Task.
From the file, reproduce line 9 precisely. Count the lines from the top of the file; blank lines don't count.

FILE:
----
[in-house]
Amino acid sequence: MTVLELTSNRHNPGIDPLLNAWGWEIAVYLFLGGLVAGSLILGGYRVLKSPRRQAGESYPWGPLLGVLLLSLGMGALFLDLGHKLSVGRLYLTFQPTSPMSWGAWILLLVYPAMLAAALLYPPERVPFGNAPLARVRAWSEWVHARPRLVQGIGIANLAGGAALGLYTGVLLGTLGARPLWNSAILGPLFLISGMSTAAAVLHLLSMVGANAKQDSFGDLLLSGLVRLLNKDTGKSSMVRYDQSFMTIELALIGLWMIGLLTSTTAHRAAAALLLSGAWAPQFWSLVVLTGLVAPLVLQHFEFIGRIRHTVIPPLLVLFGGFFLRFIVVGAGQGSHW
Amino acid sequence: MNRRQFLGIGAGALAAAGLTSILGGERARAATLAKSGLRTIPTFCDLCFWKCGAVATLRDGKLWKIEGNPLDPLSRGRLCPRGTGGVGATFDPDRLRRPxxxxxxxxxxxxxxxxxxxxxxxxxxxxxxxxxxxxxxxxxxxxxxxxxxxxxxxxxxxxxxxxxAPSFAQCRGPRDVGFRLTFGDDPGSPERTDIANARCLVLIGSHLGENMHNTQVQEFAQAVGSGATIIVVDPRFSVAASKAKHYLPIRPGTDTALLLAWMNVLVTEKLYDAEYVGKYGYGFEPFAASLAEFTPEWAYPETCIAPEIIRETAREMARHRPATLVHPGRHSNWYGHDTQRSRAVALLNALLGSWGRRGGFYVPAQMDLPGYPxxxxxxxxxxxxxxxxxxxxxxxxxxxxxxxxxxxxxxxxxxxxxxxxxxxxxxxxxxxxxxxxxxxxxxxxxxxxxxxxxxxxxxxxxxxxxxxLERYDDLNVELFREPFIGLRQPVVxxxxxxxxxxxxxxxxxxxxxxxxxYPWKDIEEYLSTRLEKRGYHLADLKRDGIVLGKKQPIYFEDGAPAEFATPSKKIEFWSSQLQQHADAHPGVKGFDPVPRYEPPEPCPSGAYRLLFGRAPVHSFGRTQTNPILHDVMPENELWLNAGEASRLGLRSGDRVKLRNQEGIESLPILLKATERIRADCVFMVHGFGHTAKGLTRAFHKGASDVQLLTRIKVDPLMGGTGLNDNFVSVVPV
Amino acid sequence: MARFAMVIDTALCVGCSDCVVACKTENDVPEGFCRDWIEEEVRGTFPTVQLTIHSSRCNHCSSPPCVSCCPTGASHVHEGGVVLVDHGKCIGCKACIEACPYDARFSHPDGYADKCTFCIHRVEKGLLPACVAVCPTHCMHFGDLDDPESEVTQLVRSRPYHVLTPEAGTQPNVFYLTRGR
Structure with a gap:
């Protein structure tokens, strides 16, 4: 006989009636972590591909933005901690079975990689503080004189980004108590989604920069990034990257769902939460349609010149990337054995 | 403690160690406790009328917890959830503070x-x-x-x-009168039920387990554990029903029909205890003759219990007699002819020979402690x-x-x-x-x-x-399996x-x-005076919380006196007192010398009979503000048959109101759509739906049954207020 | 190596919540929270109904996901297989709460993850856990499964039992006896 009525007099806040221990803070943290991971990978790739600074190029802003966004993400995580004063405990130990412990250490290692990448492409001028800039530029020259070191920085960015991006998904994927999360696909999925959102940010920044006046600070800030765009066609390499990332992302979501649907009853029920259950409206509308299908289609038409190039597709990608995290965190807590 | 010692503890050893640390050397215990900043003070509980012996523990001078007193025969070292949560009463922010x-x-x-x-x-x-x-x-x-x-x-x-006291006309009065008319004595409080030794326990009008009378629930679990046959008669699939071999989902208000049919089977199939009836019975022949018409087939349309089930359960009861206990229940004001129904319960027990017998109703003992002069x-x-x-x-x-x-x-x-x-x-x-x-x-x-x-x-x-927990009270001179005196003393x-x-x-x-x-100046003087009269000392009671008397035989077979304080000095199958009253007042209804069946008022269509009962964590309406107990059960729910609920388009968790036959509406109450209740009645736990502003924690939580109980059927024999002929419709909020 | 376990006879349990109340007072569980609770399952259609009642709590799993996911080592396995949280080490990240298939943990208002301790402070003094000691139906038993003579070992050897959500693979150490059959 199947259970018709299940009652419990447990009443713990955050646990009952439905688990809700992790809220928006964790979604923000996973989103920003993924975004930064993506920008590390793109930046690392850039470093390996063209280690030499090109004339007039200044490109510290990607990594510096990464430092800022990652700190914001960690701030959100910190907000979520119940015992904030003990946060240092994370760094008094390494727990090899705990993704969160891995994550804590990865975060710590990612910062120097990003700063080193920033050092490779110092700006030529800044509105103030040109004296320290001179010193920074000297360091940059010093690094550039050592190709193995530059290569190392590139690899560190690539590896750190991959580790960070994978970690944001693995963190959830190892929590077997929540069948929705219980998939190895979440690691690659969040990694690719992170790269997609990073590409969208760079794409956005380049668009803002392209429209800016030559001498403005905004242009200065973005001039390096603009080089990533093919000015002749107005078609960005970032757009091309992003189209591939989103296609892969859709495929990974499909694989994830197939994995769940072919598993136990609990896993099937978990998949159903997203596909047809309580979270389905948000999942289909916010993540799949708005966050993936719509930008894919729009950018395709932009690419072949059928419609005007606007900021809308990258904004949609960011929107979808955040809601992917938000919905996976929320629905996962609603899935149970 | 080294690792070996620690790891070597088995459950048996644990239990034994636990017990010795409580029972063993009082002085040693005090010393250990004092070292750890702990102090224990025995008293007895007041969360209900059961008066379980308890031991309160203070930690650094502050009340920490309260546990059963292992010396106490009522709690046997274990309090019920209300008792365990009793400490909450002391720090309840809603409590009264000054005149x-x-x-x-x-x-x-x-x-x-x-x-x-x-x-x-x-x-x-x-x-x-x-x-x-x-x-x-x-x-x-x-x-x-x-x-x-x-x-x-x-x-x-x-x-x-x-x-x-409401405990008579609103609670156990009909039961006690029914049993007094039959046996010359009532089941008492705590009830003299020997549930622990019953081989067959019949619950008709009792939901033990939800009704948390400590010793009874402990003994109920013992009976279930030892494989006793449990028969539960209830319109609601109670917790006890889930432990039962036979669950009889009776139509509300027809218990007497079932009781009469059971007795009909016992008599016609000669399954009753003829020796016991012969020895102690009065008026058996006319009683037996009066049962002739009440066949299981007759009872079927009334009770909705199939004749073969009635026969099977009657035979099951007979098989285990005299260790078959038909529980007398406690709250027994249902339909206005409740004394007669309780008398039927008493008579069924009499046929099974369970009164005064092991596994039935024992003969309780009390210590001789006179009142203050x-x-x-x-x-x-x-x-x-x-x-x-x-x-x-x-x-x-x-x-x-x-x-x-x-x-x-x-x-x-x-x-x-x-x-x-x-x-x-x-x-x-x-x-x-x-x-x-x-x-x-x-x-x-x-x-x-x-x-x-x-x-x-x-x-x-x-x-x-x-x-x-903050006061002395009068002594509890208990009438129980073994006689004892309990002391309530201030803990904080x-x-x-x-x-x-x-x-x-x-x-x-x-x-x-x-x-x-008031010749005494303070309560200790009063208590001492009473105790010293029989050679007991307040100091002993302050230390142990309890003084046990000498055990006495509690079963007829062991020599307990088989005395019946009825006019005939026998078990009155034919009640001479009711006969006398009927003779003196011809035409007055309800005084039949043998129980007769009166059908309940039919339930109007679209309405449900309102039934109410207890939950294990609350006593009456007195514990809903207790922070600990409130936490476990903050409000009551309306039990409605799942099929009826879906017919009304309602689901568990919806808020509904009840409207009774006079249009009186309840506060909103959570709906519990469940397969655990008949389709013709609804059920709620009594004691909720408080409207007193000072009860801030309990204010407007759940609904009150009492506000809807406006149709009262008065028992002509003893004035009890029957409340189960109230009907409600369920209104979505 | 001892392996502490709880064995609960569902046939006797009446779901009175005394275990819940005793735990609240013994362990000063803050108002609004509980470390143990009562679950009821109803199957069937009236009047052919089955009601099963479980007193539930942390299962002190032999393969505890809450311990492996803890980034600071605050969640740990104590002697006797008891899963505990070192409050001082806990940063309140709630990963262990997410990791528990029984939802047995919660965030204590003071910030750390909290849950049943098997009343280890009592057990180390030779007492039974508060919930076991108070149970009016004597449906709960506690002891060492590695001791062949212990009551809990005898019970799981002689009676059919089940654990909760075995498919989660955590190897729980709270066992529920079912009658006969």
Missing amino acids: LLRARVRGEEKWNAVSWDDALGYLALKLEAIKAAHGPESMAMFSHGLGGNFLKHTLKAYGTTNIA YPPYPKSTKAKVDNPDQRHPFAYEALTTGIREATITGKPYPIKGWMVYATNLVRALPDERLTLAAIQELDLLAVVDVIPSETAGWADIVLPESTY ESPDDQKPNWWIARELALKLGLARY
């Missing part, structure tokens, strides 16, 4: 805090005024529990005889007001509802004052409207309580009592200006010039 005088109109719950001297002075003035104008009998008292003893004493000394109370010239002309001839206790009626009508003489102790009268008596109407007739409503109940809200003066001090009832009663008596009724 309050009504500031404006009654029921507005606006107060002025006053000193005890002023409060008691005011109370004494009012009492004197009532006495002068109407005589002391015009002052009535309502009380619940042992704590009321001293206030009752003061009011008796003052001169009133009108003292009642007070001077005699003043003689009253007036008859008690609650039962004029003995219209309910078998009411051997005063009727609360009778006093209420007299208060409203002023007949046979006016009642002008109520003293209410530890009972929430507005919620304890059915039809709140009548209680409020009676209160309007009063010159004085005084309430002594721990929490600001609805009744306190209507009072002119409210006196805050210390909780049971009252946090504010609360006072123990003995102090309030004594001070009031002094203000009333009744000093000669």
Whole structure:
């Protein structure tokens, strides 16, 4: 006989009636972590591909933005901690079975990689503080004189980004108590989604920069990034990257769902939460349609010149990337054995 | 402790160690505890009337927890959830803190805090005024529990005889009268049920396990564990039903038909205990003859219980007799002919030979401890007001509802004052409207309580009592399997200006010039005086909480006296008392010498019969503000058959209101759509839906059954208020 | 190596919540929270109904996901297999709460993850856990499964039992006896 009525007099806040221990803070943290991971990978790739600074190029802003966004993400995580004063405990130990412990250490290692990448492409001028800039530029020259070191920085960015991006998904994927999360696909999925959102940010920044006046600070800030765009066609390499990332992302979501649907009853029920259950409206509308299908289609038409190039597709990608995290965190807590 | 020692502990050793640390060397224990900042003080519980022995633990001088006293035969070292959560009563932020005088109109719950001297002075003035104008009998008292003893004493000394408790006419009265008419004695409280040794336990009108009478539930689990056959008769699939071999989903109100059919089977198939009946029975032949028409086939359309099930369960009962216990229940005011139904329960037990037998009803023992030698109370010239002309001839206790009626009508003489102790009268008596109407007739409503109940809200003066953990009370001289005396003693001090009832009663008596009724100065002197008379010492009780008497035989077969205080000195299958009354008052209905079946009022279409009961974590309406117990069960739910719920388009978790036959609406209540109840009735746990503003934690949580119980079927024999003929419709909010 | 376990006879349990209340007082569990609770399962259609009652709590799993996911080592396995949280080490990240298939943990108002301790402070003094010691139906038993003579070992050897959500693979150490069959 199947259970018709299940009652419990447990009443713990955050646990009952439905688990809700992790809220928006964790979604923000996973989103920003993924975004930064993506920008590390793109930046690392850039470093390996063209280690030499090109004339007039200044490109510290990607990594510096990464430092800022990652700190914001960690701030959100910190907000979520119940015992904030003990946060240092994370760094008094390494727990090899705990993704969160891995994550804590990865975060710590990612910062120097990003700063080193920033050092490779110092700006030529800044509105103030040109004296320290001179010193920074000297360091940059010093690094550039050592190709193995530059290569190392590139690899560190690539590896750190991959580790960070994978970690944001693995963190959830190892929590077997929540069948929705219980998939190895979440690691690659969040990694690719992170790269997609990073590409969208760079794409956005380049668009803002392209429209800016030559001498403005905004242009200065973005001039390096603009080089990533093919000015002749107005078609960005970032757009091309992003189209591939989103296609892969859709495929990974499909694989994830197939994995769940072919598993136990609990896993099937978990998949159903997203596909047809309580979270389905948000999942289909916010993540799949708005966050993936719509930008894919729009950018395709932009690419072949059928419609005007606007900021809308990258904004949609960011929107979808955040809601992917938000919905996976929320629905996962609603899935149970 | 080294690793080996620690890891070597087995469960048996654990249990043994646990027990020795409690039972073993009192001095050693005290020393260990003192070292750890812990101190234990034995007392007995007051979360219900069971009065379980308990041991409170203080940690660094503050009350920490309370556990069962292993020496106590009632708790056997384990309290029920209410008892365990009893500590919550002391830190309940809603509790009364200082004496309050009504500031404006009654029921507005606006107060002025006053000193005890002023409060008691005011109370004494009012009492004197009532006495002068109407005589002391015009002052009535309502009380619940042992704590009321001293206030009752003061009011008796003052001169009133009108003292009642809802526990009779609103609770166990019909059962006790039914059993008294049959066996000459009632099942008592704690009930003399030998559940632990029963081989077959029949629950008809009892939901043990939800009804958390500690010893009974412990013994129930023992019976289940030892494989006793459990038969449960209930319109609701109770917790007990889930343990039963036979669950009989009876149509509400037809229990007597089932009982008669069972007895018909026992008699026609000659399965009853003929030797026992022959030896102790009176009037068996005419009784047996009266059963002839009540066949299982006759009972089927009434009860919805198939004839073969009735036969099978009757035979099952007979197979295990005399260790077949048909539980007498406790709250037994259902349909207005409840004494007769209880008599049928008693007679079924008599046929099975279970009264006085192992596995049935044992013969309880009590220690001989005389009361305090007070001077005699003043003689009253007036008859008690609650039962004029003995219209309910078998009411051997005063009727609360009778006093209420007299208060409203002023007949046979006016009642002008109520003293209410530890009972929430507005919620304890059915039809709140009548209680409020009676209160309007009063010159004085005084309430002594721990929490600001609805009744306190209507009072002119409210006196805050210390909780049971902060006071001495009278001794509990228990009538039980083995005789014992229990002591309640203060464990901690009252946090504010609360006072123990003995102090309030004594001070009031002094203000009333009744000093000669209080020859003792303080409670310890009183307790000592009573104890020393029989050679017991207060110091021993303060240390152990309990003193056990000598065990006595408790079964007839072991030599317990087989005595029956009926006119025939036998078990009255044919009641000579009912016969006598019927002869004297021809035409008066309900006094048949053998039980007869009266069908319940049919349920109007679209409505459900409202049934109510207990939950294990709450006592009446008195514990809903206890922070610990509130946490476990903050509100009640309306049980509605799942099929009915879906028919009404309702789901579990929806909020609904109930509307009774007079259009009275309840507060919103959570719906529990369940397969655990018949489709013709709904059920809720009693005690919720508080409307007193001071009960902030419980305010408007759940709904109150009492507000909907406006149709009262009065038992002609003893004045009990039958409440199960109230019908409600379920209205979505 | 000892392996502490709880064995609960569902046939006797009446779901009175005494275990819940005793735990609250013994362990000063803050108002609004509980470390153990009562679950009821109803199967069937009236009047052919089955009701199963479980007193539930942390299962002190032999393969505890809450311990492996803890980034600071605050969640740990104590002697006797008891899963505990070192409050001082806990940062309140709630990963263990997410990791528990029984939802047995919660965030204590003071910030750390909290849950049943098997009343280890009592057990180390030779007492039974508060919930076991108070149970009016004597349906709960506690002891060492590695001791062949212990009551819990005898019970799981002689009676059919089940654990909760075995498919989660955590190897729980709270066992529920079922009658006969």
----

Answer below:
Whole structure: